As most vineyards are well under way with their winter pruning, I thought it would be prudent to discuss the options of pruning paints.
By nature, pruning creates wounds, potentially leaving the vine vulnerable to fungal disease spores. These open wounds allow pathogens to ingress into the vine trunk which can cause premature decline. Pruning wounds remain the most likely vector for infection by ascopores and the potential origin of vine trunk diseases. The spores can be airborne, physically transferred or possibly carried by insects. The most widely recognised trunk diseases in the UK are Esca, Eutypa, Botryosphaeria and Phomopsis.
The simple application of a wound paint works as a physical impenetrable barrier to prevent pathogens entering open wounds and to speed up the vine’s natural healing process. All pruning wounds are vulnerable to fungal infection for up to three weeks after the initial cutting so it’s essential to apply some protection immediately, (ideally on the same day). Historically various fungicides were added to wound paint to give an additional level of protection, but products, such as Nativo, have subsequently lost approval and are undergoing re-registration for this.
Until two years ago the most popular wound paint was vine – vax (a Trichoderma bio-inoculant). However, it became apparent that this product would require approval as a pesticide and due to its small sales volumes manufacturers deemed it not cost effective and stopped supplying to the UK.
Field Trial of Three Wound Paints
While it would be incorrect of me to call this a full scale scientific trial the tests were carried out in field conditions. All products were applied to fresh pruning cuts in cool dry conditions using a designated a brush.
First, we tested a new product manufactured by local fertiliser manufacturer Solufeed. Their garlic barrier was produced with the organic sector in mind and has soil association approval. It’s manufactured from garlic extract, contains bio-stimulants and ‘sticker’s’ plus green colourant. It contains high levels of Sulphur, Selenium, (to counteract abiotic stress) and Allicin (garlic’s odorous defence mechanism). The paint was easy to apply, but remained sticky after 24 hours. Consequently, it can only be used in dry conditions and the longevity of its protective properties may be questionable. After one month the product was found to be flaky and had the thinnest coating of the three products tried. Garlic barrier costs £75.38 per 5L and should be sufficient for 10,000 vines with three wound
points, equating to £0.0075 per vine, the most costly of the three products tested.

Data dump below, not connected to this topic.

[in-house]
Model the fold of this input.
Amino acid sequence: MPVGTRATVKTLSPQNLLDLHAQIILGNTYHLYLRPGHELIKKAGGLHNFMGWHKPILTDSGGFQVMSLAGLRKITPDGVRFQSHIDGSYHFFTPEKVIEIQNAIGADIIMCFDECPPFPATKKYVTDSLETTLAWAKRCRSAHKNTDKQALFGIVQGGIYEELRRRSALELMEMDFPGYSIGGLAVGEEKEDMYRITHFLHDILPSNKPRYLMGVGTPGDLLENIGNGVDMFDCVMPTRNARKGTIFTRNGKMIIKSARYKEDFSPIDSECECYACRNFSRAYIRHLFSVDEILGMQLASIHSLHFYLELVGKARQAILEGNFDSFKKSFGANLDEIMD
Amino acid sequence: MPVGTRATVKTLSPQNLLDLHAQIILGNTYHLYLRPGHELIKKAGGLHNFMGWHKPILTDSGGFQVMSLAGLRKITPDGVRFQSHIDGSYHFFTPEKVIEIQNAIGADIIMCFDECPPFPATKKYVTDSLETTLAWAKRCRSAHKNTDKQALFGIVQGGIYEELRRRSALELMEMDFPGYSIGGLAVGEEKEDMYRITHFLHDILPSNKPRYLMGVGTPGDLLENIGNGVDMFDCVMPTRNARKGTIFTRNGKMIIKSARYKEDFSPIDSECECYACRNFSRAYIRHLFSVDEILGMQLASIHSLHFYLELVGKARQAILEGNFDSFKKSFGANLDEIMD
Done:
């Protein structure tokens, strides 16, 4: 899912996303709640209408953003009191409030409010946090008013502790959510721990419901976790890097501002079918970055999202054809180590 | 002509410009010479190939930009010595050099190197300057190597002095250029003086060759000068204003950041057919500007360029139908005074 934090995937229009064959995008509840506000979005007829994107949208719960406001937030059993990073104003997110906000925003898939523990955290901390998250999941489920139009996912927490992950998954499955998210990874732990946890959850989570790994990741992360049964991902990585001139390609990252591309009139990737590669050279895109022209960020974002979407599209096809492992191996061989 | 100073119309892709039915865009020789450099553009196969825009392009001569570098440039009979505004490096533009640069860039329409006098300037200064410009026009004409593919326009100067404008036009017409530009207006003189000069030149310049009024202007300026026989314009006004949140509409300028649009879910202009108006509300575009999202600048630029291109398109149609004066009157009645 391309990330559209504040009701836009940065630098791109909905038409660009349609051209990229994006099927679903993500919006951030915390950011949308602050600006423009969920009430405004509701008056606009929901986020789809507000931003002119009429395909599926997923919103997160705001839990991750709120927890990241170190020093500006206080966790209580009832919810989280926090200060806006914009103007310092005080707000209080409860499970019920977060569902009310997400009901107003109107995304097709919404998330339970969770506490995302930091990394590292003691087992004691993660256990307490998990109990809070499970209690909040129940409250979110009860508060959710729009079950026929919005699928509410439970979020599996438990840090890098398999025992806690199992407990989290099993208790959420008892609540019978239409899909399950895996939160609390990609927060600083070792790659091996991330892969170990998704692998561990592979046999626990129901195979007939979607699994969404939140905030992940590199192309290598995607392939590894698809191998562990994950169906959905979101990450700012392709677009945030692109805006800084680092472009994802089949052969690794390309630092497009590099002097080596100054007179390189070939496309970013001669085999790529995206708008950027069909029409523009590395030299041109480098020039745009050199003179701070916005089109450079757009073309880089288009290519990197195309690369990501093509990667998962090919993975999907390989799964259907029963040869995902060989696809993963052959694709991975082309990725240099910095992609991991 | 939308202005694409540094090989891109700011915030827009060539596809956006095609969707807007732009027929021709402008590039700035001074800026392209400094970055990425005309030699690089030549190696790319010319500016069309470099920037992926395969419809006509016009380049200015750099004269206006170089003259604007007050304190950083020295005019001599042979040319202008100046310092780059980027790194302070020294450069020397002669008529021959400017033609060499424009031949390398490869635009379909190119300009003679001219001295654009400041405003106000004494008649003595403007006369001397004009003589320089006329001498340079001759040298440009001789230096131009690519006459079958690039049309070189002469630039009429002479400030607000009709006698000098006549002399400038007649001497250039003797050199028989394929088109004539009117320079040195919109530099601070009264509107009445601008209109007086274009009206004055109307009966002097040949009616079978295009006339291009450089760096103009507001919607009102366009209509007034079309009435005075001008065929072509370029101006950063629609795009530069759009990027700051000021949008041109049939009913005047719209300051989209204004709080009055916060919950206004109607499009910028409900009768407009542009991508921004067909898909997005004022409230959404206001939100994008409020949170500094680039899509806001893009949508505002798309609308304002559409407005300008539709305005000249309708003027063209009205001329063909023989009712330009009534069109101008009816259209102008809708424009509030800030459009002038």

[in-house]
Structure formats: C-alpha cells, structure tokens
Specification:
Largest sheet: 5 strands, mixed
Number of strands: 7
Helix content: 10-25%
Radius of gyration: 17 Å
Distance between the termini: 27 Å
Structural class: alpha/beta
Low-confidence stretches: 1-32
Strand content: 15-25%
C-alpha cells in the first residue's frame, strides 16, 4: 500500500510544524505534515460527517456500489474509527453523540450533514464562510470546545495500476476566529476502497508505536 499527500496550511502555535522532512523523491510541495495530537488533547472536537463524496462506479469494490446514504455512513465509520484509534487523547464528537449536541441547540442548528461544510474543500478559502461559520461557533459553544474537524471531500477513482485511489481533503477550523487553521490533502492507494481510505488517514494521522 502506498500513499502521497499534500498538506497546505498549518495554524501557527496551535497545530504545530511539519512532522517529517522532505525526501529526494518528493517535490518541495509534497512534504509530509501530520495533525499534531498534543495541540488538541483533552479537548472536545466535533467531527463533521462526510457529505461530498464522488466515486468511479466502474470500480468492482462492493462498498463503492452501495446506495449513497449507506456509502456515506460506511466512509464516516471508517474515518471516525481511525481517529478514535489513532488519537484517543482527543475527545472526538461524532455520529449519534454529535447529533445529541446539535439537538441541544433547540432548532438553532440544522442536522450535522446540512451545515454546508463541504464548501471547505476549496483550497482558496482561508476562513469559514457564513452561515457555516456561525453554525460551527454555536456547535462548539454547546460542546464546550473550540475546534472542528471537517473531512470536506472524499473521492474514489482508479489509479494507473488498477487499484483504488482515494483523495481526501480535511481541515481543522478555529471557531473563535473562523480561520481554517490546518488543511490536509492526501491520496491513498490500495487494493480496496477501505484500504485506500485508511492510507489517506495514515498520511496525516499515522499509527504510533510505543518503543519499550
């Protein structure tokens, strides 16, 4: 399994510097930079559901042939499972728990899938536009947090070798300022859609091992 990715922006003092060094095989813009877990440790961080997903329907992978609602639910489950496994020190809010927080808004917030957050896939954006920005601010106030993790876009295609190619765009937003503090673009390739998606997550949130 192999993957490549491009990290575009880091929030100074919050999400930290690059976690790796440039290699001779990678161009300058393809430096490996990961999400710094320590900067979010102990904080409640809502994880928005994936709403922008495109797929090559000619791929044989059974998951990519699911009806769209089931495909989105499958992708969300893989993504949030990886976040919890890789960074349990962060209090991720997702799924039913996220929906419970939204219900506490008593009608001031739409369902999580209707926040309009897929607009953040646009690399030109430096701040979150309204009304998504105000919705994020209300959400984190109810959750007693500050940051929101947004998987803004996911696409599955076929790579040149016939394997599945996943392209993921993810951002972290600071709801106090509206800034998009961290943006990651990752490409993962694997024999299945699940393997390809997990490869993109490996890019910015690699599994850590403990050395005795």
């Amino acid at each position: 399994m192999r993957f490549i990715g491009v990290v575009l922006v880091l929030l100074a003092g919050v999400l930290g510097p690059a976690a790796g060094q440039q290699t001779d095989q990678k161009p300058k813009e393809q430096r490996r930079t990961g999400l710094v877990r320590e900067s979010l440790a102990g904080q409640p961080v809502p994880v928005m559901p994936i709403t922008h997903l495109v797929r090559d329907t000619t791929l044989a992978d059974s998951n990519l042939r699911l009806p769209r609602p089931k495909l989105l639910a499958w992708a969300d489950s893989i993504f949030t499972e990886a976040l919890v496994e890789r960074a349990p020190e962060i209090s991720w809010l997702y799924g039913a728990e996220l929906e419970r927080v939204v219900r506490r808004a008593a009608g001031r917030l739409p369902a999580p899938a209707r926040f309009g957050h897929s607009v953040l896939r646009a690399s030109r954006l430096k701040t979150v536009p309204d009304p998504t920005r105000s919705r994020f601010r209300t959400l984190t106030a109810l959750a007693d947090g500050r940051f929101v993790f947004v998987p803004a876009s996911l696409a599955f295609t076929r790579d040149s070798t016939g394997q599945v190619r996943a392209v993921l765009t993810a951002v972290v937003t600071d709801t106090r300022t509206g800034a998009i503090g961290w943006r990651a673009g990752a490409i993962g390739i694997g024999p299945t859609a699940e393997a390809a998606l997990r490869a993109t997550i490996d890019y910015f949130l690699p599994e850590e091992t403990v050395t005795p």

The next product tested was Podex. This is another new product, produced by Daymsa in Spain, (CAAE approved in Spain, UK approval applied for). The paint is latex based with some unspecified bio-stimulants plus blue colorant. The paint was easy to use direct from the tub and was completely dry within 24 hours. My experience was 1kg was sufficient for 2500 vines with approximately three wound points on each plant. After one month the paint maintained a rigid coating. Price point was £6.20 per litre, equating approximately to £0.0024 per vine.
The final product to be tested was Bloccade from Hortipro. Bloccade is essentially acrylic paint with pink colourant, wetters and stickers. It has the advantage of being dilutable at a ratio of 1 to 9. Due to its thin viscosity, Bloccade can be used with a brush, hand sprayers or apparently the Felco 19 has a built-in dispenser (though I’ve yet to see anyone use this!). The price for Bloccade is £27.30 and if diluted should equate to £0.0014 per vine. Clearly this is the most cost effective option and is the most widely available. After one month coating remained rigid.
I’d suggest that any wound paint would be considerably more effective with an active ingredient added to the mix, however what’s permissible is a question for your agronomist…
Nonetheless, when you’re pruning, it’s preferable to avoid big cuts and large desiccated dead wood, leave sufficient die back wood. At Vine-Works Ltd, we work on the principal that a section of die back wood should be left with a length equal to the diameter of the section pruned, i.e. 10cm cane leave 10cm die back. It’s conventional wisdom that cuts are made only on dry days, (save pulling out for wet days) as wounds are more liable to infection in wet conditions. Clearly whichever product you use for wound protection it’s preferable to use something rather than nothing.
Maybe next issue will be how to deal with those canes left in the alleys…